When Paul says “…unless you believed in vain.” he first chastises their fickleness because such a falling away indications they never understood the gospel he preached. Second he warns that they had needlessly and uselessly professed allegiance to Christ if they did not hold tightly to the doctrine of the resurrection.

Paul starts his proof for the resurrection with the fact that Christ died and was buried. Not only did Christ die, He died for our sins. Paul’s calls his first witness the scripture. Christ dies and rose from the grave according to the scriptures. Paul makes this same argument in Romans 4:25. Christ was “delivered up for our trespasses and raised for our justification.” Paul now brings forward eyewitnesses. He does not account for every witness. For example he does not mention the women.

First the Paul says Christ appeared to Cephas i.e. Peter then the twelve. This has caused some confusion because Judas, one of the original twelve, had already committed suicide. In addition, Matthisa had not yet been selected to replace Judas. There are several easy and plausible understandings as to what Paul intended here but the most straightforward is referring to the twelve is a way of addressing the group of Jesus’ inner circle.

When and where Christ appeared to 500 at one time is not known. Christ appearance to “all the apostles” appears to be a reference to Christ appearing to not only to the twelve but also to the disciples to whom Christ had assigned the office of preaching.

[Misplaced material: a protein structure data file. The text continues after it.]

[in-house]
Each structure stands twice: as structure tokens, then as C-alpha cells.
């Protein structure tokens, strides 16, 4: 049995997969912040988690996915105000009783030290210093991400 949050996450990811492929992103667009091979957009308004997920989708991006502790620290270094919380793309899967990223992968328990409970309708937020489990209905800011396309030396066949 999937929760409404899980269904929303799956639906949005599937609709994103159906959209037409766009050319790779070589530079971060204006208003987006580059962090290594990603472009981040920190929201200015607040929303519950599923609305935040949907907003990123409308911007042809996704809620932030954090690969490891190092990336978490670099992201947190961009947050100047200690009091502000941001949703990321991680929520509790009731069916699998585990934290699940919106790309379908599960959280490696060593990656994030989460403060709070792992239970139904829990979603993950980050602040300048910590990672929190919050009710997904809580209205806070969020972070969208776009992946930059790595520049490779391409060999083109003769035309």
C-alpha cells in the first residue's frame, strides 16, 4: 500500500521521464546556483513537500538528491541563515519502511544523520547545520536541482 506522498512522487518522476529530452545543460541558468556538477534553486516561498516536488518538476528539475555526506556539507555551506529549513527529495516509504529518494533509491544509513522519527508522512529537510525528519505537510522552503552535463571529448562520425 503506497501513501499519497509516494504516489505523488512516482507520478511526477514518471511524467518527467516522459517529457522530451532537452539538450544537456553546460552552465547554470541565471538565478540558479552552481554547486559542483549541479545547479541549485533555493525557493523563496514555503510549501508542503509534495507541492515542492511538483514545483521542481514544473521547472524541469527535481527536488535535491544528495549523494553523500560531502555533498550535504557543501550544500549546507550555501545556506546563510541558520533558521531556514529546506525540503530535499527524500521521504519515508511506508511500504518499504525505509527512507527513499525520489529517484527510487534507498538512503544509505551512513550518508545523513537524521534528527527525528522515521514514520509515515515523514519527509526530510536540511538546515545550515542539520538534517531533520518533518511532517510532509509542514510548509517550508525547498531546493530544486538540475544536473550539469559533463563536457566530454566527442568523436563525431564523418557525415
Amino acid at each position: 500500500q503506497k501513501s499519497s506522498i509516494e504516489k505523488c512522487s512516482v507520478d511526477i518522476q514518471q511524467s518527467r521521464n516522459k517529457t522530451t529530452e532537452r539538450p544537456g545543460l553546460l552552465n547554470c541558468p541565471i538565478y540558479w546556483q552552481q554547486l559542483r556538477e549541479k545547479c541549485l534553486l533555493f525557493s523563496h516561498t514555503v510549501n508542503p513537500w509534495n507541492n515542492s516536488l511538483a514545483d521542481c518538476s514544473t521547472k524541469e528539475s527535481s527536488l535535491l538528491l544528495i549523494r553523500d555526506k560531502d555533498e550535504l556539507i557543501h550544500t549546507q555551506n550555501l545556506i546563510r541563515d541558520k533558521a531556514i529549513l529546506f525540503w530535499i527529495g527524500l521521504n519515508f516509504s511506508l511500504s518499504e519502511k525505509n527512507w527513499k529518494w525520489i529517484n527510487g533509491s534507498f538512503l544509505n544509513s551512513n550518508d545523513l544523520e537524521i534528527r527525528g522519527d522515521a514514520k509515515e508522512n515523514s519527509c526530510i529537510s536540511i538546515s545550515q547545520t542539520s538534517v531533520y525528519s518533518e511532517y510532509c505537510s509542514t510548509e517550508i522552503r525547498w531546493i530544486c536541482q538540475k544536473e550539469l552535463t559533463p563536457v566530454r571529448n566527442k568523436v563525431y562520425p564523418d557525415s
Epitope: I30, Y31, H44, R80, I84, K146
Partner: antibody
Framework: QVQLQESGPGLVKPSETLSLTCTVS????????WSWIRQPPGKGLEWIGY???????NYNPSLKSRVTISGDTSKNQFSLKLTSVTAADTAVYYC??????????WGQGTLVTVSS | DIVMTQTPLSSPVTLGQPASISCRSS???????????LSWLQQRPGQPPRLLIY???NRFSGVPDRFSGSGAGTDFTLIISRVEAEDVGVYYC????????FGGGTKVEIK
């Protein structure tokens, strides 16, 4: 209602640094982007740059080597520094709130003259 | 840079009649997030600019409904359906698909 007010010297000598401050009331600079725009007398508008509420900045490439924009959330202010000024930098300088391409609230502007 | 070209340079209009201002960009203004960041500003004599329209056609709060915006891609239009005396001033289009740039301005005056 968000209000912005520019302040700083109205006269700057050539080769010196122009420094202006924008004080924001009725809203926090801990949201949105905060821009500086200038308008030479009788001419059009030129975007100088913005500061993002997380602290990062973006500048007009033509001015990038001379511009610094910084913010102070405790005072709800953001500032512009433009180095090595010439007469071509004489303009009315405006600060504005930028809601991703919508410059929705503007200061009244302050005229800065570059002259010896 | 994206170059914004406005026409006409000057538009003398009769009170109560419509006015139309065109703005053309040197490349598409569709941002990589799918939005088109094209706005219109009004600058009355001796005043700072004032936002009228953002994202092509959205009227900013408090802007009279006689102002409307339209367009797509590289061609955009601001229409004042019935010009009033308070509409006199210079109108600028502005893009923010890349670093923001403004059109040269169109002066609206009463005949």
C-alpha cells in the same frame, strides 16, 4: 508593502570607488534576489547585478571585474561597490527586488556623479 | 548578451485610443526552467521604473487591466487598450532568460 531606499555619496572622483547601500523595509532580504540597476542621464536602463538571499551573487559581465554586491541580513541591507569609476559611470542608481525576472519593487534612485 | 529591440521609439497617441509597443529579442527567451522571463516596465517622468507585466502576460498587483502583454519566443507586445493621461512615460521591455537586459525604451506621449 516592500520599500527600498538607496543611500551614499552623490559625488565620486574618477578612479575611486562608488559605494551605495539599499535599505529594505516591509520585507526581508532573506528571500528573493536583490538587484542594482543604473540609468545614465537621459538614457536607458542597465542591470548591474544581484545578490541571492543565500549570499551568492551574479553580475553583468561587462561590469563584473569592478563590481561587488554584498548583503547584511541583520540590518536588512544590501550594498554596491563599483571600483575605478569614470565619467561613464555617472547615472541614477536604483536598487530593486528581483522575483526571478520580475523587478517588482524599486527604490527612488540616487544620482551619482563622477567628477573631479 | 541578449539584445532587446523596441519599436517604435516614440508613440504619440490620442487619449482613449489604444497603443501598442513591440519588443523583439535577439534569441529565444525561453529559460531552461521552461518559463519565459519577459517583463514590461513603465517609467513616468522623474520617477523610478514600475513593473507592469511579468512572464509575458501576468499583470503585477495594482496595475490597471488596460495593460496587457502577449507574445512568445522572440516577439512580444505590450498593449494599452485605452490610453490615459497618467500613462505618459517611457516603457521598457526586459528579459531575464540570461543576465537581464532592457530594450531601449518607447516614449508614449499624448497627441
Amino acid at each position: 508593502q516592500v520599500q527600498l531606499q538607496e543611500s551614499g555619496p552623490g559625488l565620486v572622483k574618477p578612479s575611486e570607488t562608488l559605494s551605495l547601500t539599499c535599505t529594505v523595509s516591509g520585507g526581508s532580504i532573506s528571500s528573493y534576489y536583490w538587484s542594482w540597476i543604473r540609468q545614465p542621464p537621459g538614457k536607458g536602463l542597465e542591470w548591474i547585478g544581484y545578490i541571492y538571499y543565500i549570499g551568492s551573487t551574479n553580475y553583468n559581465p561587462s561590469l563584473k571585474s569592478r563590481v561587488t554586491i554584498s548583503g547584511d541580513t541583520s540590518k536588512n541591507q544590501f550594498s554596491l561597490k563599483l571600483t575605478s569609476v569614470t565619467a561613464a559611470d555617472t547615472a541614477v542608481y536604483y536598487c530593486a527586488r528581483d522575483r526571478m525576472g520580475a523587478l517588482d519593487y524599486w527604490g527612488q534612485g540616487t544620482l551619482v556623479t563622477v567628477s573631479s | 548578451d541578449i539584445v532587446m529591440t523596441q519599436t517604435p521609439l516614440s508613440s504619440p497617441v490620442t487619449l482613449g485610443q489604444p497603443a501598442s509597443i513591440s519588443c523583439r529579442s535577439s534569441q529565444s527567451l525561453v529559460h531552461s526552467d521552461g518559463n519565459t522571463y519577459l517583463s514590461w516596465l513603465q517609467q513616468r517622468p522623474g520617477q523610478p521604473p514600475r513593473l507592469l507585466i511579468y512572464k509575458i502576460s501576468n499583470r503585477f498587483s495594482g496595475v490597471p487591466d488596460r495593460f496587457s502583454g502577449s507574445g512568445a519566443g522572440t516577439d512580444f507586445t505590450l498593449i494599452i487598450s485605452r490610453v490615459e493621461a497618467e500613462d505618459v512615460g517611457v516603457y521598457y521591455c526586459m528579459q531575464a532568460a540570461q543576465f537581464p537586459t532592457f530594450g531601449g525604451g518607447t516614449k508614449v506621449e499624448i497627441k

The fact that Christ appeared to so many indicates that the resurrection was an analogy it was real. It was physical. It was not simply a spiritual resurrection.

Paul ends this by talking about himself. Even though Paul claims much for himself, he is at the same time very humble. Of his own accord he admits he is not worthy, in fact the least worthy of all the apostles, of the grace he has received. It is not certain whether or not Paul’s enemies threw out the fact that Paul’s pedigree was not very good, in fact poor. If they did, Paul’s answer was, “They are right. My pedigree is not very good.” He has no authority on his own. Paul does not refuse to be considered the most worthless, low life in the world provided this contempt does not hamper in any way his ministry and does not detract from his doctrine.

There are those who set free will in opposition to the grace of God, may point to the passage, “His grace toward me was not in vain…” They would claim that God did His part now we must do our part to earn our salvation. They do not use the word “earn” but prefer the word receive. However, there is no other interpretation of their words. They do not give God wholly the glory for their salvation. Paul did not boast he had, by his own labor, taken care and preserved God’s grace. Paul’s corrected this possible misinterpretation when he says, “though it was not I, but the grace of God that is with me.”

An Application

Our hope is in the resurrection of Christ. Just as he rose he promises that we too will be resurrected. And live with him forever.

Often the analogy is used that God’s grace is offered like a gift. In order to possess the gift we have to take or receive it. That is we have to do something to receive the God’s grace. I believe the analogy is flawed. God grace is offered as a gift. We receive the grace of God like the ground receives the rain. It does nothing it is just there. The rain falls on the ground. And the ground receives it. God’s grace is sufficient we do not need to add anything to it. The scriptures say we are dead.  The only way a dead man can receive a gift is the way the ground receives the rain.

Who are you that we should listen to you? I am no one. I am unworthy. I am only presenting the words of one with authority. Along with Paul we can say, do not listen to anything I write or say because I am speaking. Listen only because of the authority of the one who owns the message. As long as we proclaim God’s word we do not speak on our own authority. We speak with true authority, God’s authority.

Leave a Comment

Your email address will not be published. Required fields are marked *